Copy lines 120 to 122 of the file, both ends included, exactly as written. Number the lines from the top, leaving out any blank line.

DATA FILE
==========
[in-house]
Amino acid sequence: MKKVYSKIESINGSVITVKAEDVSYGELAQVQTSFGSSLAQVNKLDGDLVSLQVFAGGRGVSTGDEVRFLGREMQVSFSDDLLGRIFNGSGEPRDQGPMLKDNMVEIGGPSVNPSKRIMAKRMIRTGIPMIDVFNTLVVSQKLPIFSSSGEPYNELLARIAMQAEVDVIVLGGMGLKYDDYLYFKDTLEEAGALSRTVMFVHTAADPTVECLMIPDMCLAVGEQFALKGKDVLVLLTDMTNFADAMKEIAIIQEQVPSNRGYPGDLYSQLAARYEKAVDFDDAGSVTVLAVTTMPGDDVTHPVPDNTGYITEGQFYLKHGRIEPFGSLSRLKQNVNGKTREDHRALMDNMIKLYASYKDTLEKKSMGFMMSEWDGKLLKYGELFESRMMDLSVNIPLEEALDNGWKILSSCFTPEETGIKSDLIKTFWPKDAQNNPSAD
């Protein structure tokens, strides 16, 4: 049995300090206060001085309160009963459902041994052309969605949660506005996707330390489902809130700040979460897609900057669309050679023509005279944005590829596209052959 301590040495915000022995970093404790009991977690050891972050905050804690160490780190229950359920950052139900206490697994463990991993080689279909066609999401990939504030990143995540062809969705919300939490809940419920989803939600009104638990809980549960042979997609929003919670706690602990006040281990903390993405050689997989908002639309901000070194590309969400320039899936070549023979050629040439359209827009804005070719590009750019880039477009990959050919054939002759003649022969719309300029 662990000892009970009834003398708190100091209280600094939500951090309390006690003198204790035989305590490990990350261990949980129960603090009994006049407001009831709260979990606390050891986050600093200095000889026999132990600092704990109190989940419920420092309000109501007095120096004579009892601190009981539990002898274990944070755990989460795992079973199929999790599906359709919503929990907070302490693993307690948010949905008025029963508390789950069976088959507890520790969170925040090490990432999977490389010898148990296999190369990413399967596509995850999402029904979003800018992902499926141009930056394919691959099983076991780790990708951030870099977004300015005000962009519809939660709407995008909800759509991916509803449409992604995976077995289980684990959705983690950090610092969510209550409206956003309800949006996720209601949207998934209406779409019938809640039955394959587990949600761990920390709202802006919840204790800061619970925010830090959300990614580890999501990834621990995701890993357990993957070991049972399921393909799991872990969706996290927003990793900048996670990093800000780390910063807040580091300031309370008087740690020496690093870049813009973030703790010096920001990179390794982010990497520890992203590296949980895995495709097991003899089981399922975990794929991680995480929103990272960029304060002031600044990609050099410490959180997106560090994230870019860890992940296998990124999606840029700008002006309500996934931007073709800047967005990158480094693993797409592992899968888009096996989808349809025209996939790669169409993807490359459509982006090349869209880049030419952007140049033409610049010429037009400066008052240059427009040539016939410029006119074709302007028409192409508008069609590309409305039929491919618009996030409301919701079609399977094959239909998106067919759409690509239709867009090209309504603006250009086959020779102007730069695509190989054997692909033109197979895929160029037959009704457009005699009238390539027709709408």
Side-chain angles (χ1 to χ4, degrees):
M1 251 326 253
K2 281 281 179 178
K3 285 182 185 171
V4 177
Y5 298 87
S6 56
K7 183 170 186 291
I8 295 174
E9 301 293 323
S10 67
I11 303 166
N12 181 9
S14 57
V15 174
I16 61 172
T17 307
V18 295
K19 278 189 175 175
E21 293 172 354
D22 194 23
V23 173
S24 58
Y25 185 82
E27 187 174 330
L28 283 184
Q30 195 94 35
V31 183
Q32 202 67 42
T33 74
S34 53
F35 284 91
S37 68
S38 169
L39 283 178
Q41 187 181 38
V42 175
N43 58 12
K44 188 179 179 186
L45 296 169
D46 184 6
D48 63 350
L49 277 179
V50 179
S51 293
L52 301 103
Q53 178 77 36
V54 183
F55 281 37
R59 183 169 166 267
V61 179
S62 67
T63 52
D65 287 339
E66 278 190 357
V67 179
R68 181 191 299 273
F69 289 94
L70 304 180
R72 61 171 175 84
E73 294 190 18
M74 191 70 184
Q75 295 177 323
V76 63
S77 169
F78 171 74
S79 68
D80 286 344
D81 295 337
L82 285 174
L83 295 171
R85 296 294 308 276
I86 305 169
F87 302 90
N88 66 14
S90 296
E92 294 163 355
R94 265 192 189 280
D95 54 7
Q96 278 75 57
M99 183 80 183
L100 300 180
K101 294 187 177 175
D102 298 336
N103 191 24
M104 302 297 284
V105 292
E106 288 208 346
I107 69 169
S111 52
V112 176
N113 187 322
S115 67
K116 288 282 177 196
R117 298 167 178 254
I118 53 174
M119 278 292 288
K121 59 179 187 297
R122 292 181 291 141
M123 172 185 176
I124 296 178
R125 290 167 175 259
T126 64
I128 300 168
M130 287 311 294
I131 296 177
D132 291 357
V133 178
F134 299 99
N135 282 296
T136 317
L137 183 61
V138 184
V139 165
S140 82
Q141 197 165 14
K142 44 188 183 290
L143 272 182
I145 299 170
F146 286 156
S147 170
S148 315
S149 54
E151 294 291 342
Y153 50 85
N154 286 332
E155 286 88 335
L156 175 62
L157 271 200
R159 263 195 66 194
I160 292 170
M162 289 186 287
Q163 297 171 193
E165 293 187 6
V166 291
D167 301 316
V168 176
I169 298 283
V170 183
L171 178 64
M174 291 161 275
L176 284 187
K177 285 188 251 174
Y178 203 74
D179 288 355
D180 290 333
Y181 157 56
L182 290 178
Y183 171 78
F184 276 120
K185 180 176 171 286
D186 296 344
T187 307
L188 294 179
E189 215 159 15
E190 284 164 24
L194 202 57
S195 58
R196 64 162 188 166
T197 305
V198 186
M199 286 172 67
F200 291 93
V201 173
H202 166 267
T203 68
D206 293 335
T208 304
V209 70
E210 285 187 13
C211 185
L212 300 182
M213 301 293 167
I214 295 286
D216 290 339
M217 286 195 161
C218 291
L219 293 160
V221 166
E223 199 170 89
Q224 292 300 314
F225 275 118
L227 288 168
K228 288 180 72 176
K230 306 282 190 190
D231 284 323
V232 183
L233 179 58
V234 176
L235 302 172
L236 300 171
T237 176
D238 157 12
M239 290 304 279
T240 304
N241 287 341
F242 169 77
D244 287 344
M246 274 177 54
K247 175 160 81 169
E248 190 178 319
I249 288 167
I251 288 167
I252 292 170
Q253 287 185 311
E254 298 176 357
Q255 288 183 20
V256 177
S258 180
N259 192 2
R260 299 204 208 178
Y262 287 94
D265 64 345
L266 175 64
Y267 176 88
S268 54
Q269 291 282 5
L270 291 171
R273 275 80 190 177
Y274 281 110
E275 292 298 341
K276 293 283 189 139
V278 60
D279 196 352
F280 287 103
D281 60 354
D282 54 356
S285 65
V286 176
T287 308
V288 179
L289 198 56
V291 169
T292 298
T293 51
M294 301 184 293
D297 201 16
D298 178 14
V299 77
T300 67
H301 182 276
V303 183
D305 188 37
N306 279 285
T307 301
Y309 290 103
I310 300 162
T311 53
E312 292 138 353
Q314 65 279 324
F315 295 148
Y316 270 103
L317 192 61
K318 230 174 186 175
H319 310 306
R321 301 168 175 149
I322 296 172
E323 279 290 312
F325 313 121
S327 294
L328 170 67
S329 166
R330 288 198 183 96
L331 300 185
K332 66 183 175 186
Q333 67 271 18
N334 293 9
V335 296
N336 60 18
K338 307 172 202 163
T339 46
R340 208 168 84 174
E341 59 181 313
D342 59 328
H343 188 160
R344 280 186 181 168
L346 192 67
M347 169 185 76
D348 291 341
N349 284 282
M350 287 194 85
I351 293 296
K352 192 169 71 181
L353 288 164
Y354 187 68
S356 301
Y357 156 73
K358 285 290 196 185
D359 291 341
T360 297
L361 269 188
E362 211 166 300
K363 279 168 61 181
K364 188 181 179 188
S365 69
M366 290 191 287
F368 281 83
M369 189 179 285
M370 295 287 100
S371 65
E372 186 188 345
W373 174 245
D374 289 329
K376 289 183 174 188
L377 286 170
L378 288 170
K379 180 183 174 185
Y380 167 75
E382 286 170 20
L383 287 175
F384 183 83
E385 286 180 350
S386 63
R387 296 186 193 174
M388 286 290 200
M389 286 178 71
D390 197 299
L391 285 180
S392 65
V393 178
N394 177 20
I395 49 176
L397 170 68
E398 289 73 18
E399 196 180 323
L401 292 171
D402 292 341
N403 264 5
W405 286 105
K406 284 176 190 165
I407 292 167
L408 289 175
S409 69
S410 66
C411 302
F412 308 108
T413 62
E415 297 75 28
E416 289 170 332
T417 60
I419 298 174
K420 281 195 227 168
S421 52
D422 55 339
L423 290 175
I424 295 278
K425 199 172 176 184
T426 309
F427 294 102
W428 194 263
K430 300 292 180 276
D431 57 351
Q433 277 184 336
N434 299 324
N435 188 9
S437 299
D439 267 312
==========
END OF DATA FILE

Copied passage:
K142 44 188 183 290
L143 272 182
I145 299 170